Tuesday, January 10, 2012
Hug O' War
This particular poem was meant as a valuable message for younger children, and deep down they comprehend the words the author is trying to stress through rhymes. I remember carrying around this huge book of poems as a kid; I would sit mesmerized by how to words all tied together, and point out the sloppy sketches that were scattered across the pages. His words spoke to me, even if I didn’t realize it then, and this is just one example of how the simple vocabulary ties into a much bigger concept.
“I will not play at Tug O’ War,” is one example of a simple statement used in this poem, yet it means to me, at least, that this character is standing up for what he believes in. He refuses to participate in such activity, no matter how many people try to sway him in the opposing direction. “I’d rather play at Hug O’ War,” it may seem like any old alternative suggestion, but if you take a second to examine it you will see it is much more. It’s a deceleration of peace, a promise, almost, that defines who you are as a person. The last line clearly sums up the whole point of this poem by stating, “And everyone wins.” Not only is the decision to play nice rather than fight the better choice, but the one where everyone benefits from the results.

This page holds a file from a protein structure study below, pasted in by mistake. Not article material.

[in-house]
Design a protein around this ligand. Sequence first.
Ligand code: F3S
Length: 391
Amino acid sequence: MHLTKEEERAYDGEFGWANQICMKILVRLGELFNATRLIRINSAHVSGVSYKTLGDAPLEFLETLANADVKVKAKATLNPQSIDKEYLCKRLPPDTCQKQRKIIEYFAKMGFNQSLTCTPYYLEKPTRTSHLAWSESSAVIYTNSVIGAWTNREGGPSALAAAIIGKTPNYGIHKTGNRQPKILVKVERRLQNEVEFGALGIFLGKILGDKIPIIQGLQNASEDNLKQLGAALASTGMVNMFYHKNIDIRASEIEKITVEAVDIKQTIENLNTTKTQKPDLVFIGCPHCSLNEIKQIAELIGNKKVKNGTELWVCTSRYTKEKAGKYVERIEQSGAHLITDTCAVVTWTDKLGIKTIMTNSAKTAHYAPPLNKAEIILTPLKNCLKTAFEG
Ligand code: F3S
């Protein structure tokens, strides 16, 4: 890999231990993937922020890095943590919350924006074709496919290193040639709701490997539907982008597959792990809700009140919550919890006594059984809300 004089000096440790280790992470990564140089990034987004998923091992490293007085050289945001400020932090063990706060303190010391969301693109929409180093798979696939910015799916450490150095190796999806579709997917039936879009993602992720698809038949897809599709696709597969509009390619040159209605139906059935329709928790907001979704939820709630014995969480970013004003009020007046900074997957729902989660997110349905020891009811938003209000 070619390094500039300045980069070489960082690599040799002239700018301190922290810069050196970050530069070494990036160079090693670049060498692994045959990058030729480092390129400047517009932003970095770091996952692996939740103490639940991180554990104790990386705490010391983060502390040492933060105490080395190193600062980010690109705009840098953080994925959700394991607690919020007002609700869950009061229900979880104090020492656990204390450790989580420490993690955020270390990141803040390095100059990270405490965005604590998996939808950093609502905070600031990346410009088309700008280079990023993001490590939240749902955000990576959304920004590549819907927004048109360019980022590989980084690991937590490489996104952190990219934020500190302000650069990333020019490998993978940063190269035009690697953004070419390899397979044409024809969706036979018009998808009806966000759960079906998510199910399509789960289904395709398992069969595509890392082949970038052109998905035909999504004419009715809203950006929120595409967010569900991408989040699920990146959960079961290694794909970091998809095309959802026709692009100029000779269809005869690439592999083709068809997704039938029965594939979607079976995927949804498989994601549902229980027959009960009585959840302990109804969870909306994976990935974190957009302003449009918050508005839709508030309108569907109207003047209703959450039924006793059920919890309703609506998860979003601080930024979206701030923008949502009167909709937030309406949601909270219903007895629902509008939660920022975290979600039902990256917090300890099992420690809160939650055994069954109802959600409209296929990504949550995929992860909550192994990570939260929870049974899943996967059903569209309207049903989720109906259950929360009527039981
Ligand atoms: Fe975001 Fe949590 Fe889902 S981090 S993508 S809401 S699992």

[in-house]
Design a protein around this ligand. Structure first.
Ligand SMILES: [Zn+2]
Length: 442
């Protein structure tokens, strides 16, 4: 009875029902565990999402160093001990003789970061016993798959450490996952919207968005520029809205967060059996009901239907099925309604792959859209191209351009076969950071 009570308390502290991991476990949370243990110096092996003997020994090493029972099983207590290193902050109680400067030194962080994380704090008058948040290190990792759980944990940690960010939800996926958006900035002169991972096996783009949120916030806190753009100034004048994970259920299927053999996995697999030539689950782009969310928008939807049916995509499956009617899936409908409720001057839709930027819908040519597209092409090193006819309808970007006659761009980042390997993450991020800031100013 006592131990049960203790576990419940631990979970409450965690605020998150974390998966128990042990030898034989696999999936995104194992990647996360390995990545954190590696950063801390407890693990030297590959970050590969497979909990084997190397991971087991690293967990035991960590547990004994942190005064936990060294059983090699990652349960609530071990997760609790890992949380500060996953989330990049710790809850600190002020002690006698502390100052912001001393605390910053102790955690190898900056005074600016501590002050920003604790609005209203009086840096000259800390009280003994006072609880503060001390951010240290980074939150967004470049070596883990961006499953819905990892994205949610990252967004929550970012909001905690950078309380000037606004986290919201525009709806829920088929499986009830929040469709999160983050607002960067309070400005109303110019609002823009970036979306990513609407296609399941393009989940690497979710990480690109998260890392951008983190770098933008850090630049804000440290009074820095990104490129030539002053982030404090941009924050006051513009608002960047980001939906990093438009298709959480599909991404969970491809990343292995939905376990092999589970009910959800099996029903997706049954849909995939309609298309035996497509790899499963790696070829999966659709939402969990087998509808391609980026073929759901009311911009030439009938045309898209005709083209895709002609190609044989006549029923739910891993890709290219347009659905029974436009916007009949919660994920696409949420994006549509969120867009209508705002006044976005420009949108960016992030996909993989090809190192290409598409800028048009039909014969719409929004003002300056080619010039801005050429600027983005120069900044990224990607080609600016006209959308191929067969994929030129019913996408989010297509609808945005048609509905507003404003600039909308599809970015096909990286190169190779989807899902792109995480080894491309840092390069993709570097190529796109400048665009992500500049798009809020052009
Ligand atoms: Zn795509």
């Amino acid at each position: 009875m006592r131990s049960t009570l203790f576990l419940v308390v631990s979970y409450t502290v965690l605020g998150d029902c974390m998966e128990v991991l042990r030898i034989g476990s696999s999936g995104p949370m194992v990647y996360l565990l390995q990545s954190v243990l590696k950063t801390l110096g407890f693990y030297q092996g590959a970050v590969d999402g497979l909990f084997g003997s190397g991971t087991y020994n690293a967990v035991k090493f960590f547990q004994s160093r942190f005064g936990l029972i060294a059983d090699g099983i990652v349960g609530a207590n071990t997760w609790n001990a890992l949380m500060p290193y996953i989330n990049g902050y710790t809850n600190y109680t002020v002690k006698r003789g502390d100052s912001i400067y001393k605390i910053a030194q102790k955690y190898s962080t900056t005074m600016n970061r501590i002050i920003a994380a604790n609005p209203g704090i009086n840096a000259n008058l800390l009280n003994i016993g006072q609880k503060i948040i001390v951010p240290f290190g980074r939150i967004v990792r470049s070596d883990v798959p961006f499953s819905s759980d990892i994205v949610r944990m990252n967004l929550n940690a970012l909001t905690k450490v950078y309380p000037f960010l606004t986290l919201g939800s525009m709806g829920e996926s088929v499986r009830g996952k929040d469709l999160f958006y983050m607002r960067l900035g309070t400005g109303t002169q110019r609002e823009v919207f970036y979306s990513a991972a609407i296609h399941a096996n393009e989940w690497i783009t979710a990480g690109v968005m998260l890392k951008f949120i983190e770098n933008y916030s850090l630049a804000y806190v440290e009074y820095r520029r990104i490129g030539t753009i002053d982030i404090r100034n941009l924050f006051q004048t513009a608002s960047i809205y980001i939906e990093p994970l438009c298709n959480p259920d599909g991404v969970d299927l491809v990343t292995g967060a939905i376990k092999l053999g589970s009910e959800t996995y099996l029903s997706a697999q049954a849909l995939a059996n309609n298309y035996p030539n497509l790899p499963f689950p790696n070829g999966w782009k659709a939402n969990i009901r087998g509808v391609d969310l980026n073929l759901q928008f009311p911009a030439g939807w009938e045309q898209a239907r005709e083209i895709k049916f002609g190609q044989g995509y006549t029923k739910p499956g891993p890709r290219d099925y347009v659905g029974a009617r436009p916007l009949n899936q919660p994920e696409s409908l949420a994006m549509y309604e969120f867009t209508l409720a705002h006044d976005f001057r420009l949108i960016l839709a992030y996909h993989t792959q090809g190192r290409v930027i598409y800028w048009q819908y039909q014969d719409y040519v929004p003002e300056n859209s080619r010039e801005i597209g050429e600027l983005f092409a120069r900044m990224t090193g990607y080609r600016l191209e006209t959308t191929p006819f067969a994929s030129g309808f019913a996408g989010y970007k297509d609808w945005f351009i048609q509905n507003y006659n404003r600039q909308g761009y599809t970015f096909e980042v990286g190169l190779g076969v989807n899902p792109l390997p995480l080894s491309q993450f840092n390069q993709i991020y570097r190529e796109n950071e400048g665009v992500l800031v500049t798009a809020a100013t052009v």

Even little kids, are bound to get a gist of this simple, yet valuable meaning the author is trying to portray. His words are not exactly a variety of top-list vocabulary, but it doesn’t need to be, the message is still there. While for some people the point of this clicks immediately, others stand oblivious to the message that is still there, though buried under the impression of a fun, silly poem. Overall, I guess what I’m really trying to stress here is everything written teaches some kind of lesson, and this is a early piece trying to get kids to understand at a young age that there doesn’t have to be fighting, its always good to know you have other options.